On the eve of the crucial referendum vote, both camps made fervent pleas to Britons to vote for what's best for their future
London: British politicians yesterday made their final pitch to a bitterly divided electorate on the eve a crucial referendum to persuade undecided voters of the merits of remaining in or leaving the 28-member EU with polls showing a razor-tight race whose outcome could shape Europe’s future.
The Union and European Union flags fly outside City Hall in central London on the eve of the EU referendum. Opinion polls indicate a tiny lead for the "Remain" camp led by Prime Minister David Cameron but the result is too close to call. AFP PHOTO
More than 46 million people are eligible to vote in the referendum in which people are being asked to choose whether the UK should stay in the European Union or leave in the first vote on the UK’s links with Europe for more than 40 years.
Prime Minister David Cameron welcomed the support from top businesses as he kicked off the final hours of his campaigning, stressing that the UK enjoyed a “special status” within the EU and the “best of both worlds.”
But Boris Johnson and other Leave campaigners said only a vote to leave the EU could give the UK the freedom it needs to set its own course, rejecting the economic forecasts suggesting the country would face a downturn following Brexit.
In his closing speech, the UK Independence Party (UKIP) leader Nigel Farage said it had been a “long, lonely road” for him and his party — which has campaigned for EU exit for more than 20 years — and he believed his party’s supporters would “crawl over broken glass” to vote for Brexit.
At the close of the polls, thousands of sealed ballot boxes will be collected from schools and church halls which double up as polling stations and transported to one of 382 counting venues across the UK. Jenny Watson, the chair of the UK’s Electoral Commission and the referendum’s chief counting officer at Manchester Town Hall on Friday morning, will declare the result.
28 Number of EU countries
46 million The number of people expected to vote in the referendum
800 Number of Indian businesses that will get affected in the vote
1,55,100 The number of EU migrant families in UK that stand to be affected in the vote
GBP 8.8 billion Britain’s contribution to the European Union in 2014/15
RBI yesterday said the "uncertainty on the outcome of the vote has resulted in some turbulence in the global markets, including India." It is keeping a close vigil on developments of the vote and will take all necessary steps including liquidity support to ensure orderly conditions in the financial markets.
Why does Bremain exist?
The 'Bremain' or Britain Remain camp feels an EU membership helps them with the economy as the membership allows free movement for Europeans as well as trade. They feel immigrants make the country's workforce more vibrant. They also feel that UK leaving the union would isolate it economically.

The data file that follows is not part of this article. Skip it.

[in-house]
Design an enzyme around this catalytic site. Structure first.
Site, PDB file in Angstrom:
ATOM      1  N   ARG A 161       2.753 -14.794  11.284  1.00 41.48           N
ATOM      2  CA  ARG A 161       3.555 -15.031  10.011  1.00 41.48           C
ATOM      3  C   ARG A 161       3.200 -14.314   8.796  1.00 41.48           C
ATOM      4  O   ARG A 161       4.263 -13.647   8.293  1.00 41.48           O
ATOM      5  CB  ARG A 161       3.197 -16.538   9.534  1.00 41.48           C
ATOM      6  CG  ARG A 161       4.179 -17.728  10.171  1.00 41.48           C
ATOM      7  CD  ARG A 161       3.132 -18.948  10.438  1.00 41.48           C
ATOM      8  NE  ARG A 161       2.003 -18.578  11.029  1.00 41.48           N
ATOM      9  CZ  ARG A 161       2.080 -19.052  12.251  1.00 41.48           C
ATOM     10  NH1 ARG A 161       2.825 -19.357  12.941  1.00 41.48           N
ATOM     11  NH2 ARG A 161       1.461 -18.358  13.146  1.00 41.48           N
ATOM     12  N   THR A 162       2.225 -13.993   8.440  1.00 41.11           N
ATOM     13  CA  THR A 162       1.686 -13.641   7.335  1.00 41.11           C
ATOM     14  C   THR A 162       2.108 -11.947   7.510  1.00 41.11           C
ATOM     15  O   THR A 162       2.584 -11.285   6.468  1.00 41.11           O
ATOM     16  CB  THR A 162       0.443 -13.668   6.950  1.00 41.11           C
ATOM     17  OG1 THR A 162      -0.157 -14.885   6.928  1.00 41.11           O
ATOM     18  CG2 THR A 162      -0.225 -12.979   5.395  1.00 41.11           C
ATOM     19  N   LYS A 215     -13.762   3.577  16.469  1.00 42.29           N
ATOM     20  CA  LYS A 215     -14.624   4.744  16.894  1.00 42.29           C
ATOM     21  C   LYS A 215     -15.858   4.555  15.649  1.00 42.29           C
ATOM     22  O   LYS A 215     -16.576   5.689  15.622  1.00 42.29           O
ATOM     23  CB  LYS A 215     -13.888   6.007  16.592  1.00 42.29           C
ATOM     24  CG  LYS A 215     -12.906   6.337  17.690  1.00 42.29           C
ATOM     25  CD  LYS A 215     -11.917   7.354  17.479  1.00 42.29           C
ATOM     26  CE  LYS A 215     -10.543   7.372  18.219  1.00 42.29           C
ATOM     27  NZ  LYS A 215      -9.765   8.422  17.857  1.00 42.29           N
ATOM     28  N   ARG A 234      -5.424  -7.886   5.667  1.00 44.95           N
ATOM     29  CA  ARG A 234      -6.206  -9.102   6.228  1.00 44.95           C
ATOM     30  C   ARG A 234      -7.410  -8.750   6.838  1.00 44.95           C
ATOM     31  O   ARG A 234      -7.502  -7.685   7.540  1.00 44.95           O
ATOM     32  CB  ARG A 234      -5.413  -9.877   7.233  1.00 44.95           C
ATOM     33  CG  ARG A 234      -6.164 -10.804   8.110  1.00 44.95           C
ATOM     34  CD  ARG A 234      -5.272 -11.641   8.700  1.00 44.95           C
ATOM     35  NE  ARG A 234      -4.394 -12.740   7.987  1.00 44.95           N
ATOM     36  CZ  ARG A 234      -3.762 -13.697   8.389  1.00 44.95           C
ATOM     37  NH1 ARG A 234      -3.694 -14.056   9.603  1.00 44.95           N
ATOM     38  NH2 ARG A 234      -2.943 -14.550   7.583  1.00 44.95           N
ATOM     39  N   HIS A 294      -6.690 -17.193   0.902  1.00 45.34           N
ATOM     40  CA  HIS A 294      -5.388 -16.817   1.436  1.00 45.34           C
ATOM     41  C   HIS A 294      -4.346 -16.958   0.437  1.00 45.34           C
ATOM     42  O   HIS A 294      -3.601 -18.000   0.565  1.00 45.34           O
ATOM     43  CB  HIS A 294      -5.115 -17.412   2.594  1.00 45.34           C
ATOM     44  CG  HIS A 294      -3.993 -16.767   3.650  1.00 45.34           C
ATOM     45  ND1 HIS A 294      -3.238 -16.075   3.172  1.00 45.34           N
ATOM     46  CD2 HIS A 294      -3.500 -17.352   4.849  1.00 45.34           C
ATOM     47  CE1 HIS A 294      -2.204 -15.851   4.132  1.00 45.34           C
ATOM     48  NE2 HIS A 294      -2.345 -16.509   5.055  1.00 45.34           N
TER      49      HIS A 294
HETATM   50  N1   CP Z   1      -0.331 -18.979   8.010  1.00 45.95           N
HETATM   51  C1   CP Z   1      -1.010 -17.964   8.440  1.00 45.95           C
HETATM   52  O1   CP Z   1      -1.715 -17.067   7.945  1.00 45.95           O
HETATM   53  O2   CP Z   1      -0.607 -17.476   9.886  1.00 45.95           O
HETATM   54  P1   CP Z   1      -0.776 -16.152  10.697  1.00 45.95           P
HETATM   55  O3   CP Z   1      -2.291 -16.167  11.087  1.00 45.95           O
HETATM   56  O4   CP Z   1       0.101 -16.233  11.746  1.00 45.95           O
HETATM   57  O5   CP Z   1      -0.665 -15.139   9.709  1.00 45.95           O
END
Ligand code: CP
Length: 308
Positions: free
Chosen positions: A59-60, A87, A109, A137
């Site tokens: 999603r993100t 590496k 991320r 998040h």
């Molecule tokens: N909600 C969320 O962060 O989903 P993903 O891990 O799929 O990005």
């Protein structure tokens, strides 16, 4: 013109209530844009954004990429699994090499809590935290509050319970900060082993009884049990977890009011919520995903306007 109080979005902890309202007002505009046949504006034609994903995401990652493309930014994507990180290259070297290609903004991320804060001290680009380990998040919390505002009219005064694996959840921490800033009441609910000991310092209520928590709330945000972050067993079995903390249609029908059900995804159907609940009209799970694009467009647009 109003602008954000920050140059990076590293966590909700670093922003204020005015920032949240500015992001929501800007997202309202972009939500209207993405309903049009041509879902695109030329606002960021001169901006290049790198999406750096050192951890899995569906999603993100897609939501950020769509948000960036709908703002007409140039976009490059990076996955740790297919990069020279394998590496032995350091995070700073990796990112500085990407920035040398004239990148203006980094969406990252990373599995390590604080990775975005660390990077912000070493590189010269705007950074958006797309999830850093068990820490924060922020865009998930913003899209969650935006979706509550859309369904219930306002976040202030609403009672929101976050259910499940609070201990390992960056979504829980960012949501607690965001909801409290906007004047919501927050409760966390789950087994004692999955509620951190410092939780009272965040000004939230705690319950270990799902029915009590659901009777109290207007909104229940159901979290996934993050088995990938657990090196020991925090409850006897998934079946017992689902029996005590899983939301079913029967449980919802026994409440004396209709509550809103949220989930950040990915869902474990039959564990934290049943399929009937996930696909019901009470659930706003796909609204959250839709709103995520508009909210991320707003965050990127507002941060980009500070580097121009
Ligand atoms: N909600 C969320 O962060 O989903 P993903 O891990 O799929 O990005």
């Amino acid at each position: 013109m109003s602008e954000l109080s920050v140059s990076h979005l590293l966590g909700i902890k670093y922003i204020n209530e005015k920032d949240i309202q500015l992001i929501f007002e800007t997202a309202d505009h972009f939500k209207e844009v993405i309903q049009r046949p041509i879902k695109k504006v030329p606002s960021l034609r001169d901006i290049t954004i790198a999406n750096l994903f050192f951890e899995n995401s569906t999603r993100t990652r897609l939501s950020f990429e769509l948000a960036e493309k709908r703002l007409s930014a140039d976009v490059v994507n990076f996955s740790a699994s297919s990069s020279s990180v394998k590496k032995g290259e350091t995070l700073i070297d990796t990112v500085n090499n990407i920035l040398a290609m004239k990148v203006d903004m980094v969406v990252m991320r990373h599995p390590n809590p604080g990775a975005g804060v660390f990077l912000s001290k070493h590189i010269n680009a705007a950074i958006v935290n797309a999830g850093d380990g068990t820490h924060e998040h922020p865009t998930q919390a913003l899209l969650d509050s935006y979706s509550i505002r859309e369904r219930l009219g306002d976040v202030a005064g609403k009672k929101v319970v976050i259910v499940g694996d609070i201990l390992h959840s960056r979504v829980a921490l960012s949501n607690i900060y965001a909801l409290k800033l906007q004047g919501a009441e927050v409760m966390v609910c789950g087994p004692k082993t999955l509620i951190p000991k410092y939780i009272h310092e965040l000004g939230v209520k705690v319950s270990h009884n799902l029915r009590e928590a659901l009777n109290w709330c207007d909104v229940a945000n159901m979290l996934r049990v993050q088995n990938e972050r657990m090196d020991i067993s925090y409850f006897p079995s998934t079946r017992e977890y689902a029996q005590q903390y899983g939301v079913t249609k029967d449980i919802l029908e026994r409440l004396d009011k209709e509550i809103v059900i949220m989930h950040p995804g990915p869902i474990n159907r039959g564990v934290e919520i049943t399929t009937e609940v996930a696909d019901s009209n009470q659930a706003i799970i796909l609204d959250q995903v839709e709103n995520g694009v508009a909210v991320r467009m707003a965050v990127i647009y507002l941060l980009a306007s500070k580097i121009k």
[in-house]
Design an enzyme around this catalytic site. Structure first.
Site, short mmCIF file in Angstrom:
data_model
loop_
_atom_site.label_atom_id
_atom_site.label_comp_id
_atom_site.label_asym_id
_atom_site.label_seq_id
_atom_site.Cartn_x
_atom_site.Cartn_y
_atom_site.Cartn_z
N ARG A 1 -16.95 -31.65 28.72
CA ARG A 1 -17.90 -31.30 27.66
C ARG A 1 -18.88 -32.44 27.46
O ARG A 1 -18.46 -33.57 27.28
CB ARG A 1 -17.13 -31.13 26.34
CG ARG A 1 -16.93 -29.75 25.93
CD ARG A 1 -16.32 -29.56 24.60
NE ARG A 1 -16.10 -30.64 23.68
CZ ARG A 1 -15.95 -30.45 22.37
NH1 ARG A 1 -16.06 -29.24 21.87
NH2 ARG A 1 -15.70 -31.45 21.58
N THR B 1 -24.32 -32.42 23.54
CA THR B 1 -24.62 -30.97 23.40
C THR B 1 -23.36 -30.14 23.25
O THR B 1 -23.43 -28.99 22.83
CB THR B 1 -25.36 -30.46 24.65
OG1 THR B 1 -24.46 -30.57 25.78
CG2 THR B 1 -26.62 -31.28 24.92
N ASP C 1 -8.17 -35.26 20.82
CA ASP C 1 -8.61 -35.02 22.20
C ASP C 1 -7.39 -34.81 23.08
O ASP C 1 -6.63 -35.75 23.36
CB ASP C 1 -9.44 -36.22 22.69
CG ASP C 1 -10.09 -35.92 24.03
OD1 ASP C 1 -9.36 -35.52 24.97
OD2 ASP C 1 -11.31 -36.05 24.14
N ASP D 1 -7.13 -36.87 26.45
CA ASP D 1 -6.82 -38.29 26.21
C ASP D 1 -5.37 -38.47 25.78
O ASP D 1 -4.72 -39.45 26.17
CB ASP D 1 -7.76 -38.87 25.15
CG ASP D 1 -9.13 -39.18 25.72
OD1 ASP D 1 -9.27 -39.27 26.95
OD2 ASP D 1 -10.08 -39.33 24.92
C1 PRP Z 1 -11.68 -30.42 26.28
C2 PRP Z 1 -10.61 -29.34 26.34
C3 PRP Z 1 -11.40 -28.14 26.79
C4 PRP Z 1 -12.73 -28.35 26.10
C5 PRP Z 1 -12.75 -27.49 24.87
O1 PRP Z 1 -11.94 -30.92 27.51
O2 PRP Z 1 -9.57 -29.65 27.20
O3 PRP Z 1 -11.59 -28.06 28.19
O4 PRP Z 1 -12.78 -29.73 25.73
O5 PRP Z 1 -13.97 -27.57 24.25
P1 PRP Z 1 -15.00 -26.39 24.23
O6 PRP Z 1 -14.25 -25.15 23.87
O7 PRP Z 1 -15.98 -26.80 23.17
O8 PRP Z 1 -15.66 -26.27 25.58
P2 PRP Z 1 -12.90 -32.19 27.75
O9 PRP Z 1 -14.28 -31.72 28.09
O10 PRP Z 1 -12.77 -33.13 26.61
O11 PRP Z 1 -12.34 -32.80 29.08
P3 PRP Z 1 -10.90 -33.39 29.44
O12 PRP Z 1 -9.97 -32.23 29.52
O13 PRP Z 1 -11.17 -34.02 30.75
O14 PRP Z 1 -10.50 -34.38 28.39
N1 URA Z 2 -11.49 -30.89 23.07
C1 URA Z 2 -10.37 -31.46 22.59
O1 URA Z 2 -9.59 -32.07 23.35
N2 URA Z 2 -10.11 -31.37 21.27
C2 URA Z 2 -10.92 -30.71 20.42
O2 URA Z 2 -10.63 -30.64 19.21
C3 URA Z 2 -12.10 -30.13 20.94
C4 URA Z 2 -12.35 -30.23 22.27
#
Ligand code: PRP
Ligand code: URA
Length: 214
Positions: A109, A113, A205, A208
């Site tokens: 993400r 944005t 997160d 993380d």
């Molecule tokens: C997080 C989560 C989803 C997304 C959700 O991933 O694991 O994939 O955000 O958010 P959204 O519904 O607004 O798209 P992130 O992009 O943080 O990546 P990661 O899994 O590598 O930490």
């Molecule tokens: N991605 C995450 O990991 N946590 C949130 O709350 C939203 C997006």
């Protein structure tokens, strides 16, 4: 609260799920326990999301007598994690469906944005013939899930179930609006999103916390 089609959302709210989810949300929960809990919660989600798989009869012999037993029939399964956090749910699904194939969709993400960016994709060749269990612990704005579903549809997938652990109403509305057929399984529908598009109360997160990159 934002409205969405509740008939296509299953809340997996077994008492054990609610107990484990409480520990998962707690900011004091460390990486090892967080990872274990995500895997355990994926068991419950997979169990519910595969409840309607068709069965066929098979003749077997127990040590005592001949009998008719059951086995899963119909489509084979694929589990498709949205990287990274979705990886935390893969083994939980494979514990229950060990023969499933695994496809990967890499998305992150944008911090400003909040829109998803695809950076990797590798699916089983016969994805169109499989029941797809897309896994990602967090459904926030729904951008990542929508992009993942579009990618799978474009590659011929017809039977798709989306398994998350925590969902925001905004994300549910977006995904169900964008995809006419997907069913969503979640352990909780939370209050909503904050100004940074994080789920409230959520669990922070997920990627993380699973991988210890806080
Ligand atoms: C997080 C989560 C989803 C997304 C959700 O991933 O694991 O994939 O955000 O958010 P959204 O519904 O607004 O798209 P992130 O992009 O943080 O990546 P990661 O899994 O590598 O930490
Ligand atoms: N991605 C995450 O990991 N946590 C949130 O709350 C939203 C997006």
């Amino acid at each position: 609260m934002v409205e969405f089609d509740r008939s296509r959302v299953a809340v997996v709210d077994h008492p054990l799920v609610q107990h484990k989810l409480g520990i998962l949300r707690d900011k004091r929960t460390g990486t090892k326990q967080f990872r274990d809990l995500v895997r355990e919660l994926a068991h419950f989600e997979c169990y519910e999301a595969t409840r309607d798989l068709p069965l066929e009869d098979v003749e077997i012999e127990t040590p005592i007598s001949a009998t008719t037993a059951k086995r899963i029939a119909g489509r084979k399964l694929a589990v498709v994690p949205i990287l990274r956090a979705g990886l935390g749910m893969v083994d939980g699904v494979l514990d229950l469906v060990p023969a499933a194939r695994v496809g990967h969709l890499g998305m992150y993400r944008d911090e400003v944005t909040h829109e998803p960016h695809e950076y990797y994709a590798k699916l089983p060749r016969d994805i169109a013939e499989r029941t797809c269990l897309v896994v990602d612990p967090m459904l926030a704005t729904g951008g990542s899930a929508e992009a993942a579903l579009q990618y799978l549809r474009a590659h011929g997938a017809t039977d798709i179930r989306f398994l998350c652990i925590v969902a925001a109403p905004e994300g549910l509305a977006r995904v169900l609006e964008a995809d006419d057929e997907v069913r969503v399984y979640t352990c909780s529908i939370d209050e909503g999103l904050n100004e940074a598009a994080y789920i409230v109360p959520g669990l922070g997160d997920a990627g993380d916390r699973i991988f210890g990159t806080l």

Why does a part of the United Kingdom want out?
The 'Brexit' or Britain Exit camp that wants UK to leave because they fell the country is bogged by too many trade restrictions and a huge amount of money that England sends out, simply as EU membership fees. The camp also seeks to seal borders so that the number of migrants can be curbed
The percentage of votes for Bremain in a poll for businesses
The idea you have to choose between being a success in the European single market of 500 million and campaigning to have jobs and wealth created by trading with other economies — you don't have to choose, you should do both.
- David Cameron, UK PM
I don't want to leave a union that has brought more peace and stability to the region. Just so we are all clear, this may well decide the fate of two unions, not one.
- JK Rowling, Author
We live in a vibrant and connected world where together as a people we are strong. For our children and their children we should be facing the problems of the world together and not alone.
- David Beckham, Footballer
The percentage of votes for Brexit in a poll for businesses
What does United Kingdom stand to gain or lose?
If Britain chooses to exit, its freedom of economic movement across Europe would get affected. But, at the same time it wouldn't have to abide by EU's rules and will get more democratic freedom. However, should it choose to stay, things would continue as they have until now. UK follows on a minor chunk of EU laws and has a veto on the important ones.
EU, UK and the referendum
The origin of EU: The present day European Union began as the European Coal and Steel Community in 1950. The six founding countries were Belgium, France, Germany, Italy, Luxembourg and the Netherlands. UK joined the union in 1973.
1975 referendum: A referendum was held in 1975 to decide UK's future in the Common Market, EU's name back then. 67% of the electorate voted in favour of UK staying in.
2013 referendum: In January 2013, UK PM David Cameron promised an In/Out referendum for the UK once again, to stay or leave EU. The European Union Referendum Bill, initiated shortly after Cameron's speech was rejected. However, another bill The European Union Referendum Act was initiated in the parliament in May 2015, and was passed in December.
Napoleon, Hitler, various people tried this out, and it ends tragically. The European Union is an attempt to do this by different methods.
- Boris Johnson, Former London Mayor
If I thought there was any chance of major reform in the European Union, I'd vote to stay in. But there isn't. Sad.
- John Cleese, Actor
I don't want to make a comment about the UK leaving but I think they may leave based on — I'm there a lot, I have a lot of investments in the UK and I will tell you that I think they may leave.
- Donald Trump, US Presidential candidate